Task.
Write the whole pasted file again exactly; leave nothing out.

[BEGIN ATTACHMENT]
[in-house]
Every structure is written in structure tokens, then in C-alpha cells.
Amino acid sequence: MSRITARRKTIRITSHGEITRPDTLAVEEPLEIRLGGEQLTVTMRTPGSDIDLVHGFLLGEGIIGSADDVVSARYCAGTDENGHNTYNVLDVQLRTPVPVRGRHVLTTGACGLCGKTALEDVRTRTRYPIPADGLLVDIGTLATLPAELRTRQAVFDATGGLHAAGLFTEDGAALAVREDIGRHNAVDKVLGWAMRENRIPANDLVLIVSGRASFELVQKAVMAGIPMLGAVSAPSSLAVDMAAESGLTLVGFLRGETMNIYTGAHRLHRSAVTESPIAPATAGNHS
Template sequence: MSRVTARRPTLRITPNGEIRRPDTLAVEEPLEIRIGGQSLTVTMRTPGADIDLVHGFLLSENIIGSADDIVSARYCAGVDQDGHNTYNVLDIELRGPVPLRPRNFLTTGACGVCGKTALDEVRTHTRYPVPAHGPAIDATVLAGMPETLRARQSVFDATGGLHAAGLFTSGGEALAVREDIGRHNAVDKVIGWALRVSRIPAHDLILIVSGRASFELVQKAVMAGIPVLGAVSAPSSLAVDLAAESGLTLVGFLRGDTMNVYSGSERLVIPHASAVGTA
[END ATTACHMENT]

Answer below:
[in-house]
Every structure is written in structure tokens, then in C-alpha cells.
Amino acid sequence: MSRITARRKTIRITSHGEITRPDTLAVEEPLEIRLGGEQLTVTMRTPGSDIDLVHGFLLGEGIIGSADDVVSARYCAGTDENGHNTYNVLDVQLRTPVPVRGRHVLTTGACGLCGKTALEDVRTRTRYPIPADGLLVDIGTLATLPAELRTRQAVFDATGGLHAAGLFTEDGAALAVREDIGRHNAVDKVLGWAMRENRIPANDLVLIVSGRASFELVQKAVMAGIPMLGAVSAPSSLAVDMAAESGLTLVGFLRGETMNIYTGAHRLHRSAVTESPIAPATAGNHS
Template sequence: MSRVTARRPTLRITPNGEIRRPDTLAVEEPLEIRIGGQSLTVTMRTPGADIDLVHGFLLSENIIGSADDIVSARYCAGVDQDGHNTYNVLDIELRGPVPLRPRNFLTTGACGVCGKTALDEVRTHTRYPVPAHGPAIDATVLAGMPETLRARQSVFDATGGLHAAGLFTSGGEALAVREDIGRHNAVDKVIGWALRVSRIPAHDLILIVSGRASFELVQKAVMAGIPVLGAVSAPSSLAVDLAAESGLTLVGFLRGDTMNVYSGSERLVIPHASAVGTA